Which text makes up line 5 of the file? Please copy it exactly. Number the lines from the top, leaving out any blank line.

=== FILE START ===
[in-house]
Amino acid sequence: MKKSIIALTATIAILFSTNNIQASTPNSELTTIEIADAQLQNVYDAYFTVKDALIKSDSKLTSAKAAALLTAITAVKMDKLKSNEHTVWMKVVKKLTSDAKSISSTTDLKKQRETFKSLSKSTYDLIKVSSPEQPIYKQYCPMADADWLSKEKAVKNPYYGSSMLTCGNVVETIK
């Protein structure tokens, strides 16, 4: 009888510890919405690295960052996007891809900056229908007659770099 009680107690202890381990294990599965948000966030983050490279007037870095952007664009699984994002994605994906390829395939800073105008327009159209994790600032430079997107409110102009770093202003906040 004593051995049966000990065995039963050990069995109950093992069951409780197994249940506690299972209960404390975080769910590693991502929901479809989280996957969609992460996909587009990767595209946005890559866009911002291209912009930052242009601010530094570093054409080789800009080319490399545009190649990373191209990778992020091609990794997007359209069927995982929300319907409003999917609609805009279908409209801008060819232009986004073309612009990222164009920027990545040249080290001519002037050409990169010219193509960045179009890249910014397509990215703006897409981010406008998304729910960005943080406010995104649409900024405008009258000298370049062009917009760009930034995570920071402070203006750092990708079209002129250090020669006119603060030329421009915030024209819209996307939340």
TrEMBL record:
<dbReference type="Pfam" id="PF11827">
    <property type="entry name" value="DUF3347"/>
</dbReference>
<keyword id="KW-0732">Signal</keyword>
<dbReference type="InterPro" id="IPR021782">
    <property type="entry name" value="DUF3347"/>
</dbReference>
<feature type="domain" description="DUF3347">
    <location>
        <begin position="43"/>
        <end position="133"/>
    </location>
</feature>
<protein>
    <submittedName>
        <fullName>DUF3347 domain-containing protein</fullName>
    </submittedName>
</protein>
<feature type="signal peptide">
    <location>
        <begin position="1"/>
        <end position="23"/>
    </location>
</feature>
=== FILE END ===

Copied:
<dbReference type="Pfam" id="PF11827">